Bird flu: Tamar Zandberg ends Israel's hunting season amid outbreak

"The move will prevent the continued spread of avian flu, while keeping hunters safe from the dangerous and contagious disease.”

MK Tamar Zandberg, had of the Meretz party at a rally in Tel Aviv, May 25, 2019 (photo credit: AVSHALOM SASSONI/ MAARIV)
MK Tamar Zandberg, had of the Meretz party at a rally in Tel Aviv, May 25, 2019
(photo credit: AVSHALOM SASSONI/ MAARIV)

Environmental Protection Minister Tamar Zandberg on Monday signed an order banning Israel's hunting season in order to stem the ongoing severe outbreak of avian influenza (bird flu) in the country.

"The high mortality of cranes and other birds found to be infected with avian flu indicates a serious and unusual outbreak, and we must act immediately to minimize contact between wild birds and humans, and prevent further spread; banning hunting during the current season is necessary," Zandberg said in a statement. 

"The move will prevent the continued spread of avian flu, while keeping hunters safe from the dangerous and contagious disease.”

The outbreak of H5N1 bird flu in Israel has triggered a state of emergency after multiple cases were detected. 

On December 25, the discovery of the virus in chicken coops near Margaliot led to the killing of 320,000 hens after 244,000 hens were killed in a separate outbreak earlier that week.

 Workers in protective gear seen in Moshav Givat Yoav, in northern Israel, December 29, 2021, following an outbreak of avian influenza (credit: MICHAEL GILADI/FLASH90) Workers in protective gear seen in Moshav Givat Yoav, in northern Israel, December 29, 2021, following an outbreak of avian influenza (credit: MICHAEL GILADI/FLASH90)

On Monday, around 42,000 turkeys were reportedly infected in the town of Nahalal in the North. In Gadish, around 7,400 chickens were found to be infected, as were around 14,000 turkeys in Ne'ot Golan.

The outbreak has raised fears of it getting worse and that a possible egg shortage could happen in the near future. Fears were also raised due to the arrival of tens of thousands of migratory cranes to the Hula Valley. Bird flu is already estimated to have cost the lives of thousands of migratory cranes since it arrived and has already cropped up in other parts of the country.

“This is an infection event of a magnitude we have not experienced here before,” said Agriculture Minister Oded Forer on Sunday.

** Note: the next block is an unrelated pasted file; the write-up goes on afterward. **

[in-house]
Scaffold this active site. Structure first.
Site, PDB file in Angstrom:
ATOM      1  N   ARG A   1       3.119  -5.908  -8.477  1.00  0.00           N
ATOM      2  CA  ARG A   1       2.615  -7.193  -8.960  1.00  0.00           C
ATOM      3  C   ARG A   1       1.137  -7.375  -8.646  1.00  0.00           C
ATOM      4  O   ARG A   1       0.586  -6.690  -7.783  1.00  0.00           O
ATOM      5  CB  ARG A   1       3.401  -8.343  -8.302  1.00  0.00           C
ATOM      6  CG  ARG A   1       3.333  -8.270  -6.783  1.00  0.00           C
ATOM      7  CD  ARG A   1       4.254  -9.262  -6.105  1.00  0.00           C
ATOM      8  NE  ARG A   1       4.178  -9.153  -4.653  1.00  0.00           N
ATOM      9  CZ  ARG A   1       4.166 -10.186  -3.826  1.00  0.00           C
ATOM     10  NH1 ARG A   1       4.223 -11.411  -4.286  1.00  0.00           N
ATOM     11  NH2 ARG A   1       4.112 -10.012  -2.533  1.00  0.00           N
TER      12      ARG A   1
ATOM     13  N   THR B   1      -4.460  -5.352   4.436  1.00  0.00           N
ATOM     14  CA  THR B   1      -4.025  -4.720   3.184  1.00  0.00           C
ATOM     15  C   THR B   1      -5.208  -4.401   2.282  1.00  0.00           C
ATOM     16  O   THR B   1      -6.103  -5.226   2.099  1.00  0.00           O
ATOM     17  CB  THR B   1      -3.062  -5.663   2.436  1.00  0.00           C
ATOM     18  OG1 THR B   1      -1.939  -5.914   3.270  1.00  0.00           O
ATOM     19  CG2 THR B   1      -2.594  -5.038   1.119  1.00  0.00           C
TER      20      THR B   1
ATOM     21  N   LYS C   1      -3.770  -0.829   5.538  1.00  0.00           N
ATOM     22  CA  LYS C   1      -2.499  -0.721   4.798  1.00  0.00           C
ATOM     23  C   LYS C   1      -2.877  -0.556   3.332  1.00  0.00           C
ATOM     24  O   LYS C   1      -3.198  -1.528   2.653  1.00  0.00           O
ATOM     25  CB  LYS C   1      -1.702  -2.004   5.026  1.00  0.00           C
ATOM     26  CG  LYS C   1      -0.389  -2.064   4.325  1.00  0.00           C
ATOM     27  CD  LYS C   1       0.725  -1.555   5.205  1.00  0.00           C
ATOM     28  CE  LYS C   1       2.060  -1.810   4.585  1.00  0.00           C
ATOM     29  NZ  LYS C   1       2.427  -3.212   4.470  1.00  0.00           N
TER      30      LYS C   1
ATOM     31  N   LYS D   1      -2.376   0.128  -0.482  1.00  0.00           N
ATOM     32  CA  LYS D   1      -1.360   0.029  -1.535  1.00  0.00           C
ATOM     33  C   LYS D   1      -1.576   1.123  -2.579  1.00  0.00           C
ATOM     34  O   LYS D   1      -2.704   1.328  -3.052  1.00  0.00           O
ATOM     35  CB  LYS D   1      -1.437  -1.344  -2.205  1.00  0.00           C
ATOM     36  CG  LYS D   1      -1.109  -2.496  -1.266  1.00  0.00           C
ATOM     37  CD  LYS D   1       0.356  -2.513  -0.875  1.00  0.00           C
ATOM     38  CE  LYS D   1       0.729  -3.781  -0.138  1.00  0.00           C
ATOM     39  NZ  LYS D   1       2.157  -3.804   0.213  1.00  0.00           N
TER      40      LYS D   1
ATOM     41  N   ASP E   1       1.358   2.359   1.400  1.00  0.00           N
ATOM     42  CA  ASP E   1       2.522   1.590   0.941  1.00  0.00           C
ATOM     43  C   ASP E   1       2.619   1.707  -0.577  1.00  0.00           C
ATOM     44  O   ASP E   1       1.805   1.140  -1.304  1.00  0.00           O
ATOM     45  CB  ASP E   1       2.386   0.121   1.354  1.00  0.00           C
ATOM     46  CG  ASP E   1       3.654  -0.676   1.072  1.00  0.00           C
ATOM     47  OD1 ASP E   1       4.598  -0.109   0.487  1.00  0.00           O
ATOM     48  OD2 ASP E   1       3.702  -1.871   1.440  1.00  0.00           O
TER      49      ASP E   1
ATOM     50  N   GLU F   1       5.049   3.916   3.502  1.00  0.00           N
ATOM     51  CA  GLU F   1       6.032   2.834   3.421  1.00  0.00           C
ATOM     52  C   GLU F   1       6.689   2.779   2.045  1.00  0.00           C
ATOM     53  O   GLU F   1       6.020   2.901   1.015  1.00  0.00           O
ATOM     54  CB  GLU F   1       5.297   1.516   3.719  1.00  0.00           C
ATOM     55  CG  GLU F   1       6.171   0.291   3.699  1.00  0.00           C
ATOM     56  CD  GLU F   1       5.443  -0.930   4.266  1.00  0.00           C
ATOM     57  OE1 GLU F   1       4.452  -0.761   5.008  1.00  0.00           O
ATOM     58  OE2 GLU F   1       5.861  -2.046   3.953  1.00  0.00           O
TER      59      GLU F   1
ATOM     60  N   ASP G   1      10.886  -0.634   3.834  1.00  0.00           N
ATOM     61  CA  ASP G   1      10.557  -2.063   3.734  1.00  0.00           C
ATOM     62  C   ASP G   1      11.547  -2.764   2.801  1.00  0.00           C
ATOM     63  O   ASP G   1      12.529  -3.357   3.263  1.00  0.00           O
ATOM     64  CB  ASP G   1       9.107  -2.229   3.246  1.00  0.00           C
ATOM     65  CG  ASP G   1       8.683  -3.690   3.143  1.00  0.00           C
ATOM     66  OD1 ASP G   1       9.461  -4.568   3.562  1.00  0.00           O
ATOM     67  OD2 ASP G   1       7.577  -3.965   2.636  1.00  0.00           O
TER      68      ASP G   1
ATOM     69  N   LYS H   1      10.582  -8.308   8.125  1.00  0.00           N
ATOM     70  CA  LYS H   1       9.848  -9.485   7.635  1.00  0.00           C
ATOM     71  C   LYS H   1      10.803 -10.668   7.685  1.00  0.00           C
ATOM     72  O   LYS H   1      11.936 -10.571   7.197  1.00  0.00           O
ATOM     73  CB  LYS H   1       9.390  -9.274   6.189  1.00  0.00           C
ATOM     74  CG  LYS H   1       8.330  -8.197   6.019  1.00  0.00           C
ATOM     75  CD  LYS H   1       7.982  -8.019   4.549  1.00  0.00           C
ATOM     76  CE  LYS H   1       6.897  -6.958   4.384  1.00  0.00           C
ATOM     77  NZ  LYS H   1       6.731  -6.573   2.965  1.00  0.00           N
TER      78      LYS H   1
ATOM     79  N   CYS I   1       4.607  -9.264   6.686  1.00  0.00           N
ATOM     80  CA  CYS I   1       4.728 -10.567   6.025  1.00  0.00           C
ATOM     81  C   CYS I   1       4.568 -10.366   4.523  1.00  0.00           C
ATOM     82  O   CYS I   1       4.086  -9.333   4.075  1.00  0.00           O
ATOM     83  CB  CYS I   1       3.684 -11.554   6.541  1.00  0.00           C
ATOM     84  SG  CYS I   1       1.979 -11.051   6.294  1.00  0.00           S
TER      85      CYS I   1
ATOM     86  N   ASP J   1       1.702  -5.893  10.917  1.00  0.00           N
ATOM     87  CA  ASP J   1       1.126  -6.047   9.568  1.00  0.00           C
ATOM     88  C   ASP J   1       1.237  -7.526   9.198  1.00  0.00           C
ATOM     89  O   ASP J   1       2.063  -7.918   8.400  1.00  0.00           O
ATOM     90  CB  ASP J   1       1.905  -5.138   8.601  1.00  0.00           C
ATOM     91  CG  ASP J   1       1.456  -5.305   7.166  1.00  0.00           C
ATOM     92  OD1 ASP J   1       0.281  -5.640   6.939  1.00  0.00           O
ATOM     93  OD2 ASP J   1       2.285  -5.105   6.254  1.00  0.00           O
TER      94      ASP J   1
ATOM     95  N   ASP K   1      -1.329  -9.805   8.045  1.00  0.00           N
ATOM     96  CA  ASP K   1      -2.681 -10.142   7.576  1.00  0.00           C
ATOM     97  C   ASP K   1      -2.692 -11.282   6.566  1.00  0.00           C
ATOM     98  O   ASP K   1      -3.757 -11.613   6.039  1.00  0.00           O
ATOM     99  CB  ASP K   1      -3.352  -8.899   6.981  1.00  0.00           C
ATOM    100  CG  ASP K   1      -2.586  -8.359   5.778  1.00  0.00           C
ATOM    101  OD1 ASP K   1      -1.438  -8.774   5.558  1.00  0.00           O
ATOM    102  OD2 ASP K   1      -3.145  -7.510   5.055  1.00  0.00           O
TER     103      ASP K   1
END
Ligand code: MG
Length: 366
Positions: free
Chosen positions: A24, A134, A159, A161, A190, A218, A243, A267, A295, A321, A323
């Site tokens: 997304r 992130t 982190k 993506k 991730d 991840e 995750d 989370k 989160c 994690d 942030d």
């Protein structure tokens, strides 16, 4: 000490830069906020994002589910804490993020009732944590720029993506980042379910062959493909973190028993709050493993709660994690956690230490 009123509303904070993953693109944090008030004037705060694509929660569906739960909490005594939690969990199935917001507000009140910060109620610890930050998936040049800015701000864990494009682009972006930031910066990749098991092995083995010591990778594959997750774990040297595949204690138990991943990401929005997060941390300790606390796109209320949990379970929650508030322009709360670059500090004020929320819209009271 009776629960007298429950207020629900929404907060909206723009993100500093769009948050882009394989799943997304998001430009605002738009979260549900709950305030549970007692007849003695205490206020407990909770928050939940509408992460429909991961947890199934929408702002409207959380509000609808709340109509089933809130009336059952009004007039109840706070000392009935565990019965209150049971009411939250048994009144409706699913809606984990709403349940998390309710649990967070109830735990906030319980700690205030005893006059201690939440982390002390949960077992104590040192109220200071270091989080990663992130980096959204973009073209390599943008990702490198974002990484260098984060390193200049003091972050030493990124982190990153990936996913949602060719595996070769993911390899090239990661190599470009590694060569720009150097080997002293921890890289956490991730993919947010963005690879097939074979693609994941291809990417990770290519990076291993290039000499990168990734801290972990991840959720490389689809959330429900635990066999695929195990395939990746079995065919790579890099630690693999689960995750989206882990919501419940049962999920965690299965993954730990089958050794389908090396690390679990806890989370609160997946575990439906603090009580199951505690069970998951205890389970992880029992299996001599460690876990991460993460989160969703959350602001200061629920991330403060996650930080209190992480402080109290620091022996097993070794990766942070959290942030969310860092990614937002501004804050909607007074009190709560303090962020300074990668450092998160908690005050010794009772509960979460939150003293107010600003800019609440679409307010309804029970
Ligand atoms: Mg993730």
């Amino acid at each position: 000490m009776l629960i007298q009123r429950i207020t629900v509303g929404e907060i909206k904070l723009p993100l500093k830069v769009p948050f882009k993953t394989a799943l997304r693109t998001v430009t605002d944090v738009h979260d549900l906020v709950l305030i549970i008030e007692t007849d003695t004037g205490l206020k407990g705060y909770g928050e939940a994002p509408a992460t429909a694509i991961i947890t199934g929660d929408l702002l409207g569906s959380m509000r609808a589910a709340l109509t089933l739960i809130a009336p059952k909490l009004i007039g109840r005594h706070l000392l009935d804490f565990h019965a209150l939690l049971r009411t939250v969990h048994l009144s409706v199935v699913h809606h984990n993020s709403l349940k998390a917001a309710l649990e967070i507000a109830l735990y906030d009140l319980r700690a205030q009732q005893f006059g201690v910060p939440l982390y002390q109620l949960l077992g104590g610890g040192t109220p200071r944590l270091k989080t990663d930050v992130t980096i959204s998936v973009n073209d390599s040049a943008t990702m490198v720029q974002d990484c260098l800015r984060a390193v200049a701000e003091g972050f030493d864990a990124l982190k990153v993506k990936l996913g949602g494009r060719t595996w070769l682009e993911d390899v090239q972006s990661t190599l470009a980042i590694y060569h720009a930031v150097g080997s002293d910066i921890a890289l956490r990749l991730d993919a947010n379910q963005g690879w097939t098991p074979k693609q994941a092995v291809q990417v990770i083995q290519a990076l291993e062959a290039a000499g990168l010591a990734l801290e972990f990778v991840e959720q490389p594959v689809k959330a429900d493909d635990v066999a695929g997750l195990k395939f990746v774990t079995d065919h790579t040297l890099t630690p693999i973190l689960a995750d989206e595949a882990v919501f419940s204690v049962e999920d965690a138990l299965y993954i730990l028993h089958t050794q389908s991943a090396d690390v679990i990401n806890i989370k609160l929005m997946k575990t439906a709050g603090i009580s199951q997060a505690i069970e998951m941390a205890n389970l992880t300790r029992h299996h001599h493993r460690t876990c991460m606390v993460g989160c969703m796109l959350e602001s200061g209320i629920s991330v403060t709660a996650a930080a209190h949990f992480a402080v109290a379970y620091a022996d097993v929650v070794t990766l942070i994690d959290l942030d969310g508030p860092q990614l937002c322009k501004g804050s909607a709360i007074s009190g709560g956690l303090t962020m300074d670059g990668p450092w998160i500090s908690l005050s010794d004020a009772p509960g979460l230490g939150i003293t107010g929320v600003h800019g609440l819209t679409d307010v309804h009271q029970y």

Israel's hunting season kicks off every year in September and lasts four months, with hunters typically hunting birds. 

Though there are only around 2,000 licensed hunters in Israel, hundreds of thousands of birds are often killed during the hunting season.

However, hunting wild birds could risk a possible zoonotic disease transmission, meaning a disease could jump from animals to humans. This is how the COVID-19 pandemic is widely believed to have started.

"Although the bird flu is adapted mainly to poultry, under certain conditions it is capable of infecting animals such as cats, weasels and pigs – and in exceptional cases, humans," Nature and Parks Authority Director-General Raya Soraki said.

The Society for the Protection of Nature in Israel (SPNI) lauded Zandberg's "good and timely" decision to stop the hunting season. They had asked her to ban it for an entire year, rather than just until the end of the current one, until the bird flu is better understood, but this was declined.

"We're in the midst of a national crisis and need to take all possible measures," SPNI's Israel Ornithological Center director Dr. Yoav Pearlman said. 

"Hunting can considerably contribute to the spread of infected birds around the country. When hunters approach areas, especially wetlands, birds disperse in all directions. Infected birds can then spread from one area to another and on and on," he said.

"Further, the hunters come and target ducks and other waterfowl, which are exposed to bird flu and have high infection rates. As many hunters tend to eat what they hunt, there is, therefore, a risk that humans could be infected by eating these birds."